Bill Shorten says Labor will invest billions in new power generation if it wins the next election.Labor will subsidise 100,000 household batteries and invest $15 billion in energy transmission and generation if it wins the next federal election.
The huge investment includes money for a second connection to Tasmania, so it can act as the “battery of the nation” to meet peak demands.
n households will also get large discounts on energy-saving batteries to support their solar panels.
But Prime Minister Scott Morrison said Labor can’t be trusted to put batteries in homes after four people died installing pink batts in the insulation scheme under Kevin Rudd’s leadership.
Labor leader Bill Shorten on Thursday unveiled Labor’s plan for electricity, putting money aside to fund “value-for-money” projects.
“We will turbo-charge the Clean Energy Finance Corporation, doubling its original capital with an additional $10 billion over five years,” Mr Shorten said in a speech in Sydney.
He’s also promised $5 billion to modernise the transmission network, including the second Basslink cable.
“Communities are going to be generating much more of their own power in their own neighbourhood. We need a national grid and network that supports this,” Mr Shorten said.
Labor will give $2000 subsidies for 100,000 household batteries which cost around $10,000 each.
It will aim to help one million more households have battery systems by 2025.
But Mr Morrison said the plan to get batteries into homes would fail like the home insulation scheme, which was cut short when four installers died.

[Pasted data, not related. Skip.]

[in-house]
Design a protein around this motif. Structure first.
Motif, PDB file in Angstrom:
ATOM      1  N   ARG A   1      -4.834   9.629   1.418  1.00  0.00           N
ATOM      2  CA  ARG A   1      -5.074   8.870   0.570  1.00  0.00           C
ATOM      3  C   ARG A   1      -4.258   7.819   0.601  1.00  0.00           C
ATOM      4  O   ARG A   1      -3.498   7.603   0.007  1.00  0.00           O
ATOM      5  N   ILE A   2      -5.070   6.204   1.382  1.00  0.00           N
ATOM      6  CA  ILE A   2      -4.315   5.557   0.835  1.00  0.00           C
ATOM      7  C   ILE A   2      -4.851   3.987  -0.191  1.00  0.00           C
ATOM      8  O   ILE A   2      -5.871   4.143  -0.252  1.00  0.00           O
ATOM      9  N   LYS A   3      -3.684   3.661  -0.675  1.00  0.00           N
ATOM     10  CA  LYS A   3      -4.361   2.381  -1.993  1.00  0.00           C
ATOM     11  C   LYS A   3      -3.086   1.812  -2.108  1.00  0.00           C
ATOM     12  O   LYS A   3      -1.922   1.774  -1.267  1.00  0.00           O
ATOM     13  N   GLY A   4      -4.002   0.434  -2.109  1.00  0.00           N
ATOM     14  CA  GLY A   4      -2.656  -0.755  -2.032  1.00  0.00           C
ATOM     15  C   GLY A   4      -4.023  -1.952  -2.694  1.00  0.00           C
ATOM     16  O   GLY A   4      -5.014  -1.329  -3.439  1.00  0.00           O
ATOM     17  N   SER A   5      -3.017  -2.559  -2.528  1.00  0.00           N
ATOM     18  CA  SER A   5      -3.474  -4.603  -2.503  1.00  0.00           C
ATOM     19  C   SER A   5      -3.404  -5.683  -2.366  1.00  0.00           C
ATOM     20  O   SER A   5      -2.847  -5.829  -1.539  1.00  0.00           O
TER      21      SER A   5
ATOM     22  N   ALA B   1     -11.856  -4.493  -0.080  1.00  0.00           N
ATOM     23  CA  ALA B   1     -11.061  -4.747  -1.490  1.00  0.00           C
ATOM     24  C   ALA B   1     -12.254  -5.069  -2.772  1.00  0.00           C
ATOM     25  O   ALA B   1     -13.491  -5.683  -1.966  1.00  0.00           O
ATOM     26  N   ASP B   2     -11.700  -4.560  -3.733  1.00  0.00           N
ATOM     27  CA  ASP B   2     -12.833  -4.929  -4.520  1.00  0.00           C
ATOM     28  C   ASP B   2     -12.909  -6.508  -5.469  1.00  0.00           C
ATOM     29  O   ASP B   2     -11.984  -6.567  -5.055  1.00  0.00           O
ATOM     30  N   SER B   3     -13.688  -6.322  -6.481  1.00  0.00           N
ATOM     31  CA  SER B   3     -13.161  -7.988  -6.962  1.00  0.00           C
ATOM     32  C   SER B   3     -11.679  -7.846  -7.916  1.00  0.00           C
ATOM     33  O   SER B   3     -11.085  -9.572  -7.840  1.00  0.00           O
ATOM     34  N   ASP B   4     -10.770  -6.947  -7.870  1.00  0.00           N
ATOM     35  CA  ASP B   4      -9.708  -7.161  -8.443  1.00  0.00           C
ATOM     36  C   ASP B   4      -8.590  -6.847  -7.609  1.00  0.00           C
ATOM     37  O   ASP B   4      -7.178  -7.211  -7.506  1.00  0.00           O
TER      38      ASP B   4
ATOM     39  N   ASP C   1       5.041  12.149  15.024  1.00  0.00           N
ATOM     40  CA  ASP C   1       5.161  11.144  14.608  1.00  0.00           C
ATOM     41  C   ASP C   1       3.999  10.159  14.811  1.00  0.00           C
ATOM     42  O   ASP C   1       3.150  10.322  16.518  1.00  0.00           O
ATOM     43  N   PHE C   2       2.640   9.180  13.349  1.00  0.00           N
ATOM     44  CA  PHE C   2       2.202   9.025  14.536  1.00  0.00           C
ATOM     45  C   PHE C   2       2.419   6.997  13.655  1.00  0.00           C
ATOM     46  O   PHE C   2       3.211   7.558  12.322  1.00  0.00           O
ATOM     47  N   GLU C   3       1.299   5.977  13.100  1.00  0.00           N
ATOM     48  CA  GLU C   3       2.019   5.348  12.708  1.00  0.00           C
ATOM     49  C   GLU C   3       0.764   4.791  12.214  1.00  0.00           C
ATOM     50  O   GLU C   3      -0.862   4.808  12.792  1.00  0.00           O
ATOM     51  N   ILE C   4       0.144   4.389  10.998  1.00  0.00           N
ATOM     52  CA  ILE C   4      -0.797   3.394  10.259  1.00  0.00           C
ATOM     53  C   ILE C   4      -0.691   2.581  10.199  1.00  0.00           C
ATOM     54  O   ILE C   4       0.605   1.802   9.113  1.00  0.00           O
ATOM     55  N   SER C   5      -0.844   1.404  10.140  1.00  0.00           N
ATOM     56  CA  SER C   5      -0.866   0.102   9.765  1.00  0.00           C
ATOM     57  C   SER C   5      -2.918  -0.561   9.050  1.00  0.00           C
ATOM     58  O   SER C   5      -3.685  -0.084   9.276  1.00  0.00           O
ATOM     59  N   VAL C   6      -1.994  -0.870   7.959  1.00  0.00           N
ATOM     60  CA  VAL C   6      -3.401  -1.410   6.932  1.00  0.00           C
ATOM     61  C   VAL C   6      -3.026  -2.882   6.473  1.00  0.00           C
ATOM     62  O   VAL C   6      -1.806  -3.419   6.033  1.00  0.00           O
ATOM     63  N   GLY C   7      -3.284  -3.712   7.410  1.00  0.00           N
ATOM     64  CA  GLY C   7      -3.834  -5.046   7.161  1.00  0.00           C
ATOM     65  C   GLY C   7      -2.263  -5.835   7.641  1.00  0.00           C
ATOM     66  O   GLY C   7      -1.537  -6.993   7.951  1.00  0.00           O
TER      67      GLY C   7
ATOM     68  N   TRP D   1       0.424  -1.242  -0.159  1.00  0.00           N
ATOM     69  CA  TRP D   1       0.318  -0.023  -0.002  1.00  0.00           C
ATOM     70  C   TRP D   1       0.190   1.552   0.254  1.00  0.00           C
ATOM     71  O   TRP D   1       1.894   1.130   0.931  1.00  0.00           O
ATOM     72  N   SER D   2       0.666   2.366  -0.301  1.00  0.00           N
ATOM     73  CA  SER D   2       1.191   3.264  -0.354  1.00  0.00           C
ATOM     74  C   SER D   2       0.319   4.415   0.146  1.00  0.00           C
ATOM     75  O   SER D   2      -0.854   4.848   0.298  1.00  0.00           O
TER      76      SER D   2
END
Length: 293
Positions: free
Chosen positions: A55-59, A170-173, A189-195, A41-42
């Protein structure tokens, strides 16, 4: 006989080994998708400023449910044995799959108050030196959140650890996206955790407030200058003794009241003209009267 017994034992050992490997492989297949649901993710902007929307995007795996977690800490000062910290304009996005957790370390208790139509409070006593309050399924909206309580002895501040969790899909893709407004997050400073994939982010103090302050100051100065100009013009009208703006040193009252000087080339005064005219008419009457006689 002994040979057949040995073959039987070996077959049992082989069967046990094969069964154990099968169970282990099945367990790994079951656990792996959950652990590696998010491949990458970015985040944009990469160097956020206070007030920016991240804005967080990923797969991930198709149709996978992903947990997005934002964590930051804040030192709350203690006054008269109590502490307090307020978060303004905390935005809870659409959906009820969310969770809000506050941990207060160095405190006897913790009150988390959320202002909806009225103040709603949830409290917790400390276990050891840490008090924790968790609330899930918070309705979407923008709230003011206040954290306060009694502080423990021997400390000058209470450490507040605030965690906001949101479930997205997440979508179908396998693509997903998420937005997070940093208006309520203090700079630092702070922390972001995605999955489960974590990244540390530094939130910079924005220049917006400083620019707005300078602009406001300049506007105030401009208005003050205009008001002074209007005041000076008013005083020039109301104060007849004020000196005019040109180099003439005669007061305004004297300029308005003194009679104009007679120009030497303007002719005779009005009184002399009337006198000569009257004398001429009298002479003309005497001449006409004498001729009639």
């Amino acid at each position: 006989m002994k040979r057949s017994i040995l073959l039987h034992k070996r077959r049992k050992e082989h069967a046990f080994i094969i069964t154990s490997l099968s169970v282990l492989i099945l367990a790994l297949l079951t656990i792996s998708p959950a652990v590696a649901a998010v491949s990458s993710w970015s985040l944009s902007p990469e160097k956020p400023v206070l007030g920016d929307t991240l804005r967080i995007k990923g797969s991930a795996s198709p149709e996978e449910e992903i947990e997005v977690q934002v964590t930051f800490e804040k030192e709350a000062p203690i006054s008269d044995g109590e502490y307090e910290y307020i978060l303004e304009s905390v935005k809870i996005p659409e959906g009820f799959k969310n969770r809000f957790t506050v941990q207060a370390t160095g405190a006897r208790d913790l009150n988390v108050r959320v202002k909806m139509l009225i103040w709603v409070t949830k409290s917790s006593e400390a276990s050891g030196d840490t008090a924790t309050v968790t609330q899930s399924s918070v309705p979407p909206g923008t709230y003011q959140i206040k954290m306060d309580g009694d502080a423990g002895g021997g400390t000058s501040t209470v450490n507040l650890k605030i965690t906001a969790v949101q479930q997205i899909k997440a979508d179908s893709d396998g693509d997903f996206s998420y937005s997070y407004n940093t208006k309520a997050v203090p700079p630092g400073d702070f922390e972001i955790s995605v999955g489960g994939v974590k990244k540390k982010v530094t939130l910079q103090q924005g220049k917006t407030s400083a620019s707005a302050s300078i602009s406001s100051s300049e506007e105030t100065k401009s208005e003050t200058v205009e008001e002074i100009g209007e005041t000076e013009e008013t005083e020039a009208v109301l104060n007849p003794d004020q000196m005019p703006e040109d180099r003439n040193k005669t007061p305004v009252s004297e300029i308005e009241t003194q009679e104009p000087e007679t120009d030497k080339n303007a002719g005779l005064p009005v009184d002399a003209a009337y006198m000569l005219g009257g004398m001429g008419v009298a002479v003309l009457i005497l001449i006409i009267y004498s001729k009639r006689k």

“We have gone from pink batts to pink batteries. They never learn from their mistakes, the Labor Party,” Mr Morrison told reporters.
He said the “expensive subsidies” would be paid for by higher taxes and said families struggling to get by would not go out to buy a household battery, even with a subsidy.
“I don’t know how out of touch Bill Shorten can be if he thinks that a family here in Sydney with two people learning about $90,000 a year can somehow have a lazy $10,000 laying around to go and buy one of his pink batteries,” he said.
Labor also intends to put the National Energy Guarantee – the coalition’s dumped energy policy – on the table for bipartisan support.
The Smart Energy Council estimates new household battery systems could help homes save more than 60 per cent on their power bills.
They would also reduce peak demand in the electricity grid and improve the grid’s reliability.
Mr Morrison also said Labor’s policy – which also includes a 45 per cent emissions reduction target and 50 per cent renewable energy target by 2030 – was “five times worse than the carbon tax”.
Electrical Trades Union national secretary Allen Hicks welcomed the announcement, but said more needed to be done to fix damage caused by privatisation and inept market regulation.